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Columbia City, IN Natural Disasters and Weather Extremes

 
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The chance of earthquake damage in Columbia City is about the same as Indiana average and is much lower than the national average. The risk of tornado damage in Columbia City is lower than Indiana average and is much higher than the national average.

Topics:Earthquake IndexVolcano IndexTornado IndexOther Weather Extremes EventsVolcanos NearbyHistorical Earthquake EventsHistorical Tornado Events

Earthquake Index, #530

Columbia City, IN
0.02
Indiana
0.12
U.S.
1.81

The earthquake index value is calculated based on historical earthquake events data using USA.com algorithms. It is an indicator of the earthquake level in a region. A higher earthquake index value means a higher chance of an earthquake.

Volcano Index, #1

Columbia City, IN
0.0000
Indiana
0.0000
U.S.
0.0023

The volcano index value is calculated based on the currently known volcanoes using USA.com algorithms. It is an indicator of the possibility of a region being affected by a possible volcano eruption. A higher volcano index value means a higher chance of being affected.

Tornado Index, #402

Columbia City, IN
253.24
Indiana
265.56
U.S.
136.45

The tornado index value is calculated based on historical tornado events data using USA.com algorithms. It is an indicator of the tornado level in a region. A higher tornado index value means a higher chance of tornado events.

Other Weather Extremes Events

A total of 3,639 other weather extremes events within 50 miles of Columbia City, IN were recorded from 1950 to 2010. The following is a break down of these events:

TypeCountTypeCountTypeCountTypeCountTypeCount
Avalanche:0Blizzard:7Cold:7Dense Fog:3Drought:4
Dust Storm:0Flood:226Hail:1,050Heat:5Heavy Snow:53
High Surf:0Hurricane:0Ice Storm:27Landslide:0Strong Wind:74
Thunderstorm Winds:1,989Tropical Storm:0Wildfire:0Winter Storm:78Winter Weather:16
Other:100 

Volcanos Nearby

No volcano is found in or near Columbia City, IN.

Historical Earthquake Events

No historical earthquake events that had recorded magnitudes of 3.5 or above found in or near Columbia City, IN.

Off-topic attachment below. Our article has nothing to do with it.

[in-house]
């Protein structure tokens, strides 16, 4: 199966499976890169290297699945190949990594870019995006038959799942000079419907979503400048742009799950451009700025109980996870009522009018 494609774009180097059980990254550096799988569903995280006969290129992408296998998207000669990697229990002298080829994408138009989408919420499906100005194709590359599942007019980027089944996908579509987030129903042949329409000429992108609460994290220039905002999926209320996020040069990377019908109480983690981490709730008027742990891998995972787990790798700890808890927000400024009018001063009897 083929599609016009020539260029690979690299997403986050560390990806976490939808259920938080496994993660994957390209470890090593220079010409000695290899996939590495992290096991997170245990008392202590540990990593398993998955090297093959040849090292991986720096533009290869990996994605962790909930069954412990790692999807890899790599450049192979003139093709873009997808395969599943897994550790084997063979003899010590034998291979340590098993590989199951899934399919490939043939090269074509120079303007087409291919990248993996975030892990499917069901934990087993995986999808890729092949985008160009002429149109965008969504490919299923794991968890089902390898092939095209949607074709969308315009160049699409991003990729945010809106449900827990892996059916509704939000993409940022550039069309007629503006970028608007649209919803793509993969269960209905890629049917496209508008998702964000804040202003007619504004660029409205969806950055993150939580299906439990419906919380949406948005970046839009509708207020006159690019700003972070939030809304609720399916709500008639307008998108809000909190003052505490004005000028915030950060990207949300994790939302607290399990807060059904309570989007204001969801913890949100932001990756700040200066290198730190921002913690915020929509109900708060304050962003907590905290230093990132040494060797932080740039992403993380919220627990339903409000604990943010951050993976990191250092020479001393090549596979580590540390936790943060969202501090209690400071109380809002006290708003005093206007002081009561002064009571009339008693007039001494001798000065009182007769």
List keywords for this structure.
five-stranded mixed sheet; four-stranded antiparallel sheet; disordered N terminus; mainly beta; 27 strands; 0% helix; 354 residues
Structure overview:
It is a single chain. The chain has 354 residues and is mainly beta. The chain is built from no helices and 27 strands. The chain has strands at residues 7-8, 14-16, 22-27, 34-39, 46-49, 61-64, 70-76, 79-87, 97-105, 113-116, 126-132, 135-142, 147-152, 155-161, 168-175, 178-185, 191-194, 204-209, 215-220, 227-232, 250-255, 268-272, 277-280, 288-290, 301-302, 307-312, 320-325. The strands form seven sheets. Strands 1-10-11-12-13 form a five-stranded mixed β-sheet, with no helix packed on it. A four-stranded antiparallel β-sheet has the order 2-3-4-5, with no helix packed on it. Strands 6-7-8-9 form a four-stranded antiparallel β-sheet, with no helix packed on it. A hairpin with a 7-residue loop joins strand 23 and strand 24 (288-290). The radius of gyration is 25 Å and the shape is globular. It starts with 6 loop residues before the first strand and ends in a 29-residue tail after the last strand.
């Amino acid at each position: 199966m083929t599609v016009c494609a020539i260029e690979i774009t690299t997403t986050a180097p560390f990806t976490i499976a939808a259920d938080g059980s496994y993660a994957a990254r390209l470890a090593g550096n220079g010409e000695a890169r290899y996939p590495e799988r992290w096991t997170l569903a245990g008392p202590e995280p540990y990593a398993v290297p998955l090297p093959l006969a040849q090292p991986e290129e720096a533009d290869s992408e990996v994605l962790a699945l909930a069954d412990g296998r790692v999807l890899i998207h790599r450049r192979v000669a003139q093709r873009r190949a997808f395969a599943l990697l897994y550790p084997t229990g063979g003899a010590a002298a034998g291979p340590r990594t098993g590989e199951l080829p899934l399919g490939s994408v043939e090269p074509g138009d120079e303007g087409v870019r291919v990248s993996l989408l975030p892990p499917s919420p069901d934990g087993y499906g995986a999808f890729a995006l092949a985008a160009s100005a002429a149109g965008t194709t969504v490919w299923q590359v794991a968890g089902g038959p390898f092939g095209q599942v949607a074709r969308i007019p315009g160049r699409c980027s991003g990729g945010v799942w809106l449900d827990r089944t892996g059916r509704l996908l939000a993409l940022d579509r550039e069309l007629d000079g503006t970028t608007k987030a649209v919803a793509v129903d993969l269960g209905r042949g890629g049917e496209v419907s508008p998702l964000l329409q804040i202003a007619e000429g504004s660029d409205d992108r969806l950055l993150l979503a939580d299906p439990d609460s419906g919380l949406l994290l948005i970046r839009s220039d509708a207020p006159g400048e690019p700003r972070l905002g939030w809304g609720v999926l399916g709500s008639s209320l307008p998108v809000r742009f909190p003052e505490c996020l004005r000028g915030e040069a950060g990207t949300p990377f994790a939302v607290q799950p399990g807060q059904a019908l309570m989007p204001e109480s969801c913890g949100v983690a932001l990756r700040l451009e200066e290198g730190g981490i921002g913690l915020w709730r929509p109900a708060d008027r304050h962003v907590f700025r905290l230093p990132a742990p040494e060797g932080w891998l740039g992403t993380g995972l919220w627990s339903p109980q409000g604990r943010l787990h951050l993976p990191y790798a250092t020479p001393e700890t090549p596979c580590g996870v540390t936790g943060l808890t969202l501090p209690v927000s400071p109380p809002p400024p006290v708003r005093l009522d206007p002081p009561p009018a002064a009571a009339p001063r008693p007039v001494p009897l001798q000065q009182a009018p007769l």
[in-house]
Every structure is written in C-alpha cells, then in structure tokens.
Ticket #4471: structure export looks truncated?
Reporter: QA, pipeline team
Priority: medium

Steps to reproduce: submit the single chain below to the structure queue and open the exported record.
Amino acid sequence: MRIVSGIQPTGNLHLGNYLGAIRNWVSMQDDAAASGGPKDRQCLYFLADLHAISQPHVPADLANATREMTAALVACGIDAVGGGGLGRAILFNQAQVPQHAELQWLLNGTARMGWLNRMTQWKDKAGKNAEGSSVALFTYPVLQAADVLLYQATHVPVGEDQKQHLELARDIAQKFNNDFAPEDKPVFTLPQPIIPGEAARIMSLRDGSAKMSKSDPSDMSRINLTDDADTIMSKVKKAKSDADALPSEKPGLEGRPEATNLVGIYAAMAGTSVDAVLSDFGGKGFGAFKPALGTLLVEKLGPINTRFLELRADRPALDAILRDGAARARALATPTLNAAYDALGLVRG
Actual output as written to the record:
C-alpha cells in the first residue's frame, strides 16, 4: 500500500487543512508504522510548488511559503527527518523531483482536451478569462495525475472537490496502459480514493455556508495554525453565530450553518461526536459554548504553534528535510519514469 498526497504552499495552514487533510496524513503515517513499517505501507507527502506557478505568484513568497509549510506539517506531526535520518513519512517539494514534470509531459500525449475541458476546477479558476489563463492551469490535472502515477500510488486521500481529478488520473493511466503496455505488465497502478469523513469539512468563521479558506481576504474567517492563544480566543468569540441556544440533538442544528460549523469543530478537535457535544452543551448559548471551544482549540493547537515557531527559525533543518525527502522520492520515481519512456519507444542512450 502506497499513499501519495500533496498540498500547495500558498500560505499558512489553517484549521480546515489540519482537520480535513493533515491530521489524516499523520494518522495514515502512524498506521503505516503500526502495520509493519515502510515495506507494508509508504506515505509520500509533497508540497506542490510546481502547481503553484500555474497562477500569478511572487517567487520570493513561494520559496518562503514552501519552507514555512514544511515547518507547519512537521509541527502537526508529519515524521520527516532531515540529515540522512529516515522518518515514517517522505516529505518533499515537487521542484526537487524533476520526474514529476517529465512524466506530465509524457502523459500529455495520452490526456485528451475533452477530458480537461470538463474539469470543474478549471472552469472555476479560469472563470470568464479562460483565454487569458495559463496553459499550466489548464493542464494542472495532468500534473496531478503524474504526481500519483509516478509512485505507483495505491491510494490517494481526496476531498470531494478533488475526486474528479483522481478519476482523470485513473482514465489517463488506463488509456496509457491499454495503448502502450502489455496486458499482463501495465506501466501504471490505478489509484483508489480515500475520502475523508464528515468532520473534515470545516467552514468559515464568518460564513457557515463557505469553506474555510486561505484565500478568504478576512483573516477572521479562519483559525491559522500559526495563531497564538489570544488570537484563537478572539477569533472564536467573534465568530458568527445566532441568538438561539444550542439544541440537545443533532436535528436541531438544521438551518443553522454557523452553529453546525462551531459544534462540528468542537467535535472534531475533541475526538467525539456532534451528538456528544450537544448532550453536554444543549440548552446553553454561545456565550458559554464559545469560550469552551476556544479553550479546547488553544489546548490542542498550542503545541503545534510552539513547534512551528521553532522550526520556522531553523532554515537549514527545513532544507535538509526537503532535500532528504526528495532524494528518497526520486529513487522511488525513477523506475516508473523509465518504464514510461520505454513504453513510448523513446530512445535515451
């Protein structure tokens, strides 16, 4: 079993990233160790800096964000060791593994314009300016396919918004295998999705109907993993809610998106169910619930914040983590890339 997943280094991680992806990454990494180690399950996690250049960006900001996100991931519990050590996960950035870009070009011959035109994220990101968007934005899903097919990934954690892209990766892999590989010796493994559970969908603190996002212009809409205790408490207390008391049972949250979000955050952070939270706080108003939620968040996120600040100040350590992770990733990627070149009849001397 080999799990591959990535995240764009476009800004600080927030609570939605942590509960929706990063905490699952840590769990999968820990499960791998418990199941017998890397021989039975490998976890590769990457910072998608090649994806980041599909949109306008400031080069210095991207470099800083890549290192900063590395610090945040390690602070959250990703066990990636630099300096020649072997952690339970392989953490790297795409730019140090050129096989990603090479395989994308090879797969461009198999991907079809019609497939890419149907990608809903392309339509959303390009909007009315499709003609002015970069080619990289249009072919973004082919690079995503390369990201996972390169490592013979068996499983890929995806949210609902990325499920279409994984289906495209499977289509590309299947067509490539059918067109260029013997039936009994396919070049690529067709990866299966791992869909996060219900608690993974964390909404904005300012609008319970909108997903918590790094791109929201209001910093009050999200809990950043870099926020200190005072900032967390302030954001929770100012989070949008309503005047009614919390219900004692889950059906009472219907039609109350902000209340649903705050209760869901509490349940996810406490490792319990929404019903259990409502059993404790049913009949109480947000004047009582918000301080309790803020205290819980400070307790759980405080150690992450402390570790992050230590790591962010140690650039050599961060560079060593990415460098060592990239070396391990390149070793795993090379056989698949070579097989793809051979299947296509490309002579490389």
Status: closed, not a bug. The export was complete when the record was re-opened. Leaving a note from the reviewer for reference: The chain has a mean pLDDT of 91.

No historical earthquake events found in or near Columbia City, IN.

Historical Tornado Events

A total of 100 historical tornado events that had recorded magnitude of 2 or above found in or near Columbia City, IN.

Distance (miles)DateMagnitudeStart Lat/LogEnd Lat/LogLengthWidthFatalitiesInjuriesProperty DamageCrop DamageAffected County
3.81965-07-16241°09'N / 85°25'W41°06'N / 85°26'W2.70 Miles33 Yards0025K0Whitley
10.01990-06-02241°17'N / 85°31'W41°20'N / 85°28'W3.50 Miles220 Yards09250K0Noble
11.31957-06-14241°13'N / 85°41'W0025K0Kosciusko
12.91963-04-17240°59'N / 85°46'W41°07'N / 85°35'W13.00 Miles33 Yards00250K0Wabash
14.11963-04-17240°58'N / 85°25'W41°02'N / 85°13'W11.10 Miles33 Yards00250K0Huntington
15.81961-07-23341°20'N / 85°41'W0325K0Kosciusko
17.22000-06-14241°02'N / 85°47'W41°03'N / 85°45'W1.00 Mile100 Yards00200K10KKosciusko
 Brief Description: The last farm was hit when the tornado was located just west of 1300 S and 400 E in Kosciusko County. Two barns, a garage, and several outbuildings were completely destroyed with some of the foundations swept clean. The house and two cars were severely damaged from large pieces of flying debris. A 17 foot boat was thrown about 20 yards and severely damaged. Most of the trees on this farm were destroyed. Debris from this farm was carried up to one half mile away as the tornado crossed 400 E and then lifted back into the clouds. Synoptic and mesoscale conditions for June 14th... A significant mid-level shortwave trough was located over Iowa on the morning of June 14th with an outflow dominated squall line across western Illinois. Rapid destabilization ensued later in the morning across eastern Illinois and northern Indiana with CAPES to 3500 j/kg by early afternoon. VAD wind profiles showed 850 millibar winds in excess of 50 knots in advance of the upper trough by afternoon and as storms developed along the left over outflow boundary across Illinois... they quickly became severe and organized into a large bow echo and moved quickly eastward into northern Indiana causing extensive wind damage. By late afternoon... a short segmented squall line developed just ahead of this bow echo squall line and extended from a St. Joseph to Fulton county line. Along the southern end of this line... an embedded tornadic supercell developed and interacted with a left over storm-scale outflow boundary to produce the Wabash/Kosciusko and DeKalb county tornadoes. The lack of significant low level shear likely prevented a much larger and more widespread tornado event especially across Whitley and Allen counties where several funnel clouds were captured on film but failed to touch down.